How To Cook a Turkey Like a Boss
I’ll never forget my first turkey dinner. I had no idea how to cook a turkey so I called my mom and got the how-to over the phone. I now make 3-4 turkeys a year (it’s my husband’s favorite) and I want to share my tips and tricks on the best way to cook a turkey with all of you.
Disclosure: This post that shares tips on how to cook the perfect turkey contains affiliate links for your convenience. As an Amazon Associate, I earn from qualifying purchases.
How to Cook a Turkey Like a Boss
By the end of this post, you will no longer wonder how to make a turkey dinner, you’ll see how easy it is!
The next step? Try it yourself. Cook the turkey and enjoy an incredible family meal, along with the leftovers that will leave you with a few days of microwavable turkey dinners!
Randa’s Tip: First things first get everything you need out so you’re not scrambling with icky poultry hands touching everything.
PS: If you have a frozen turkey, you’re going to have to thaw it (safely and properly). Check out this guide for how to thaw a turkey.
What you’ll need to cook a turkey dinner
I have included affiliate links for your convenience.
- Turkey Lifter
- I have this one and love it.
- Paper Towels
- Basting brush
- Meat thermometer
- I like to use digital thermometers so there’s no second guessing myself.
- Garbage bags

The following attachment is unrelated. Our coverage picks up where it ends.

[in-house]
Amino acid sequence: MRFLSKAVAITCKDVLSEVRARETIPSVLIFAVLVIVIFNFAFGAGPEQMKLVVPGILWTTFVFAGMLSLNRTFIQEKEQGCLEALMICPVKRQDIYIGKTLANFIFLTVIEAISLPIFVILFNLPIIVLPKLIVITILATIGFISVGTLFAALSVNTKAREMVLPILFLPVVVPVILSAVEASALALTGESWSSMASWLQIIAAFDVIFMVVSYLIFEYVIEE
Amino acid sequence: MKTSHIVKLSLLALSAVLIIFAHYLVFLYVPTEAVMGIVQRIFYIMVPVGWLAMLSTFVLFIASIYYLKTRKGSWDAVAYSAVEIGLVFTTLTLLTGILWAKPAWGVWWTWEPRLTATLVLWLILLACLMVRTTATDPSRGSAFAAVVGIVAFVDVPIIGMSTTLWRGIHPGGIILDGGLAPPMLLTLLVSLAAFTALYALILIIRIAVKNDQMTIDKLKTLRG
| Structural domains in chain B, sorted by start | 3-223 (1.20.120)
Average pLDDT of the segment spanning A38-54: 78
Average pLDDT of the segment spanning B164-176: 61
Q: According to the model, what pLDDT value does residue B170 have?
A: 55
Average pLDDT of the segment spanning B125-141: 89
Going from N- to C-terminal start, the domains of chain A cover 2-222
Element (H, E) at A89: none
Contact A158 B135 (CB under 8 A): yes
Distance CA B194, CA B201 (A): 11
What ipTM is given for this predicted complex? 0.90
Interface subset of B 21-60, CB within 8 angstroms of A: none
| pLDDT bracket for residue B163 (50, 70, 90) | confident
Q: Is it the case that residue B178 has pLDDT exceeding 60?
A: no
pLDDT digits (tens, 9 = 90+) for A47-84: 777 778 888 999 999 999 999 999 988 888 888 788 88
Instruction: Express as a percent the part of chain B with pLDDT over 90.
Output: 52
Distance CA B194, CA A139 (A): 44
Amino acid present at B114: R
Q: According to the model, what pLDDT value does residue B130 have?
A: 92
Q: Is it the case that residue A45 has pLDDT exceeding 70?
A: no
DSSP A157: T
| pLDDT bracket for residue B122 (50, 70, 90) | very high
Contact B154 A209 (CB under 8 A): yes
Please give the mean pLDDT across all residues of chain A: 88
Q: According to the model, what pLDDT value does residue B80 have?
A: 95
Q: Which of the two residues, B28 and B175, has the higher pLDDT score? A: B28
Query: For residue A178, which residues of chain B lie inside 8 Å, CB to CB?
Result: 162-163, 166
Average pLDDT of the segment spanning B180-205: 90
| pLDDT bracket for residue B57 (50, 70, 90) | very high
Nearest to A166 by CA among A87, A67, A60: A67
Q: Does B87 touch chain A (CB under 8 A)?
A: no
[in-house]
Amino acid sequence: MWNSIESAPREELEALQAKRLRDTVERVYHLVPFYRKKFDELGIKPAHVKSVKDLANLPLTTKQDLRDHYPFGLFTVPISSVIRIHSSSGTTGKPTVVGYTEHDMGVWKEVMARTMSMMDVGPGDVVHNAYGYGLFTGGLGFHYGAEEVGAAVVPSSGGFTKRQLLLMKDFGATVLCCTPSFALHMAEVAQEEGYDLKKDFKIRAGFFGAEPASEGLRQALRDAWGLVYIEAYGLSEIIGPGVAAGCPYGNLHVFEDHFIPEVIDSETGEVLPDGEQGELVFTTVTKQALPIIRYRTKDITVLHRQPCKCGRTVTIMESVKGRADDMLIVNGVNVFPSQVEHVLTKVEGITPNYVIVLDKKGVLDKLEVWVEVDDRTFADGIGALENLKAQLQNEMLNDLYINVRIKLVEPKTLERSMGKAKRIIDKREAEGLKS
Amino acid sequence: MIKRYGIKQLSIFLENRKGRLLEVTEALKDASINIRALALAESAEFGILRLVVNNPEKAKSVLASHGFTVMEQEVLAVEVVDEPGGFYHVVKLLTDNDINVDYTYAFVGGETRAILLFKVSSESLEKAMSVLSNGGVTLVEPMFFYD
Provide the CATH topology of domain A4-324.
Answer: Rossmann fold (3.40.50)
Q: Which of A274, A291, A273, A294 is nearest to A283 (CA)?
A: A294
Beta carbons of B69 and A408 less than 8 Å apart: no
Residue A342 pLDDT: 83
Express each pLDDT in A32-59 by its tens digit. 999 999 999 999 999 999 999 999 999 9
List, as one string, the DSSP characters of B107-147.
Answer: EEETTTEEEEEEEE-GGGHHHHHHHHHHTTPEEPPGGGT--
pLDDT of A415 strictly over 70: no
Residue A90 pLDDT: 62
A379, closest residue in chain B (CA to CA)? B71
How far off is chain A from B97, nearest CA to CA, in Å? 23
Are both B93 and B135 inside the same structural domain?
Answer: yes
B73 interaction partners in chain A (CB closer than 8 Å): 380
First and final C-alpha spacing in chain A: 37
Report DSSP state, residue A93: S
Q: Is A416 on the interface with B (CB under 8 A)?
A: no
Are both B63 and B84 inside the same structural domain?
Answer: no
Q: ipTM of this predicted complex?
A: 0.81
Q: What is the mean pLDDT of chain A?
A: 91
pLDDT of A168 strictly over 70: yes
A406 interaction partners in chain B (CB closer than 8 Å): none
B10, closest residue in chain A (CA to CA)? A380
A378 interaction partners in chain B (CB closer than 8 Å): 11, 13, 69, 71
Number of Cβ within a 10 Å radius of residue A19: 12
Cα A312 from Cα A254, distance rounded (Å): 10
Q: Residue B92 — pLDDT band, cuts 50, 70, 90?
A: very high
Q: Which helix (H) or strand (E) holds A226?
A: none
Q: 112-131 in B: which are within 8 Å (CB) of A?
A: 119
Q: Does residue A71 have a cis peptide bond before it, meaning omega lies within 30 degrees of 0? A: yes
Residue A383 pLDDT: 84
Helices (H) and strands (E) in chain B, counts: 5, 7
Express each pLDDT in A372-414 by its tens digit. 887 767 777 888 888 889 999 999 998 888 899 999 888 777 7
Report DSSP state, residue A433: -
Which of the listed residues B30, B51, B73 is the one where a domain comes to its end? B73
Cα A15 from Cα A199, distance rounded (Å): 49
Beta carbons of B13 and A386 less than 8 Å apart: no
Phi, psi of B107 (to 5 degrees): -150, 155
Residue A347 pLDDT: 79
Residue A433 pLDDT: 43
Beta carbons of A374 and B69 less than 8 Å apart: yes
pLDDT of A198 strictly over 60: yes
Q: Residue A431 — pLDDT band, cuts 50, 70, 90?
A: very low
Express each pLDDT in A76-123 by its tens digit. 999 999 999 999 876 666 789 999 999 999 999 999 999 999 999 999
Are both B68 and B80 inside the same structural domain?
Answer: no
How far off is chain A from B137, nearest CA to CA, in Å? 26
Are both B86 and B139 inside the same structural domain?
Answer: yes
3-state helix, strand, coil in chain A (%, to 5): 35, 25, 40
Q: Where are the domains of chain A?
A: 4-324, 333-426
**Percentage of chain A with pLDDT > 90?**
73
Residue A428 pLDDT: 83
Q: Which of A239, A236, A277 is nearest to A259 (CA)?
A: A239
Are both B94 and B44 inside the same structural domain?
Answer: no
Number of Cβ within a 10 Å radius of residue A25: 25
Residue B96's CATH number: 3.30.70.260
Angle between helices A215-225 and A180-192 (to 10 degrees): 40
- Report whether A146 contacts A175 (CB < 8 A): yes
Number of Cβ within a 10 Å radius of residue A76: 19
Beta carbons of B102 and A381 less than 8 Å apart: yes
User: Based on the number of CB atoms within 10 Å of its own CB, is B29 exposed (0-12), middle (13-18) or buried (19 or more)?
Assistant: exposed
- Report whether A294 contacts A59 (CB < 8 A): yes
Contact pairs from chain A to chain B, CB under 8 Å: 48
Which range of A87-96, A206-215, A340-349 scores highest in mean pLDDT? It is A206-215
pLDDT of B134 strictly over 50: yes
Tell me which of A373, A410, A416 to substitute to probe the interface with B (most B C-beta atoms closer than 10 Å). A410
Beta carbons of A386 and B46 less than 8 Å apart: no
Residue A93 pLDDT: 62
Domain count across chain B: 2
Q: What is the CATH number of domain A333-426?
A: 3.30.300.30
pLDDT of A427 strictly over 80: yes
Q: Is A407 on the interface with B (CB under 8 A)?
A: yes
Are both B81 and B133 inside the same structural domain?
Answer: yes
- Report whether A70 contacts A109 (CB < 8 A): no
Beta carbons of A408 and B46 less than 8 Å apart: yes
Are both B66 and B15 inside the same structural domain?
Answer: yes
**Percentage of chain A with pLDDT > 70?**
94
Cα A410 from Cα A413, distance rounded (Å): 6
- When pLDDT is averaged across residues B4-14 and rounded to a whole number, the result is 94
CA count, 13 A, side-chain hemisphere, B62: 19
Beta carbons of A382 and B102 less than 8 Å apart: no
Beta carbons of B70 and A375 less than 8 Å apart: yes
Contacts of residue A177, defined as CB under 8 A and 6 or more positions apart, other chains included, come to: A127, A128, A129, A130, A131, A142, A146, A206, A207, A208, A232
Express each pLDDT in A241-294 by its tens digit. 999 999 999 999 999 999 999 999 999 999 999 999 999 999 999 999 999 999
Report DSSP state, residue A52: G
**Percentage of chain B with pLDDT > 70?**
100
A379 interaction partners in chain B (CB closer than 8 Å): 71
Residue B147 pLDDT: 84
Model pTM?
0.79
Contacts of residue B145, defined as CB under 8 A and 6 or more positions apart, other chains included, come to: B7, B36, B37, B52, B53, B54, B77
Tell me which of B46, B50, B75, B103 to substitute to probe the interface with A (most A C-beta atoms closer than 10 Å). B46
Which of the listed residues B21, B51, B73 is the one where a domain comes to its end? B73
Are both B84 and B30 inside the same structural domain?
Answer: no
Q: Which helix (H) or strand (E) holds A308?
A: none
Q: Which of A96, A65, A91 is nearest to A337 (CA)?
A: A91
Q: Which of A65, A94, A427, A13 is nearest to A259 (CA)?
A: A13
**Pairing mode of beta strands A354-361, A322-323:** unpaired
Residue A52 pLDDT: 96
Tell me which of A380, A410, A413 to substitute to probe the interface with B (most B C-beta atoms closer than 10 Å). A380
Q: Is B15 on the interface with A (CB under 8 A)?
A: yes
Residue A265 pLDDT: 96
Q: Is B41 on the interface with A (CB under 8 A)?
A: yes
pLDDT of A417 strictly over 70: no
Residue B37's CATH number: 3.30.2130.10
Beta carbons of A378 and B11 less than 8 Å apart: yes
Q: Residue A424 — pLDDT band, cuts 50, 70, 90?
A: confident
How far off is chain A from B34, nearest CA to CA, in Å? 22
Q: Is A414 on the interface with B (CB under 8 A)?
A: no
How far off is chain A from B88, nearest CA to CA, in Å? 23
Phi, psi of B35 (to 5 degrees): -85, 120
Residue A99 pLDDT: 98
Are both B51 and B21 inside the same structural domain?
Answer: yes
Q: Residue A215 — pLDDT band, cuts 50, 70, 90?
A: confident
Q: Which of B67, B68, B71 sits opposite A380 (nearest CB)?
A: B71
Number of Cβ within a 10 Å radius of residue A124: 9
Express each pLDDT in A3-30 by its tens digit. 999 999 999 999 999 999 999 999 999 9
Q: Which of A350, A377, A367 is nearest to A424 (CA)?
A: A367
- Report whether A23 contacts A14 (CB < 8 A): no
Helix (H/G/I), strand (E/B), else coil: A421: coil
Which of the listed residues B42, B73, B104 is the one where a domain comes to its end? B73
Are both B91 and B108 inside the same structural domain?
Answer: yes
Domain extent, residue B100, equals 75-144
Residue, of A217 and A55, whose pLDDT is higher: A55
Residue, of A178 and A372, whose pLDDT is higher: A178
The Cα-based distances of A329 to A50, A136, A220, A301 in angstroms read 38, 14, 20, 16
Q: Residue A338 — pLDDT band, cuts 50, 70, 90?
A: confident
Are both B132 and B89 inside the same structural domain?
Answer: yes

Roasted Turkey Ingredients
- Turkey (thawed and ready to go)
- Head of garlic
- Salt and pepper
- Poultry seasoning
How to Cook Turkey
Pre-heat your oven to 325.
Before you unwrap your turkey (I buy mine frozen) note how much it weight and what the suggested cooking time is. In this case, my turkey is 8.8kg (19.4 pounds).
- Unwrap your turkey in the sink, you want somewhere for all the blood and juices to go.
- Unhook the legs out of the skin wrap thing that’s going on there. Don’t cut the skin, as you will need it for later. (If you do, no worries you can tie the legs together with twine later.)
- Take out the neck and bagged giblets. I toss mine in the garbage, but some people make a stock out of it.
- Rinse the turkey inside and out with cool water. Lift up the turkey to let it drain, get all that nastiness out.
- Now you need your paper towel. Stuff the turkey with the paper towel and cover it to soak up all the water. You want it dry! Discard the paper towel.
- Now it’s time to stuff and flavor the turkey. I don’t stuff my turkey with stuffing, my husband refuses to eat turkeys that way. If you do it, go right ahead. What I do is stuff the turkey with an onion (cut in half) and a head of garlic. It’s delicious.
- Next, I go in between the skin and the meat and add butter, garlic, and seasoning. When I’m not feeling lazy I’ll add rosemary and sage- but I usually save that for Christmas.
- Finally, I season the skin with salt, pepper, some sage (or poultry seasoning).
- Wrap the legs back up with the skin.
- Wash your hands and arms like you’re about the scrub in with Dr.Bailey on a super important surgery.
- Bleach down the sink and anything else the turkey touched.
Best Way To Roast A Turkey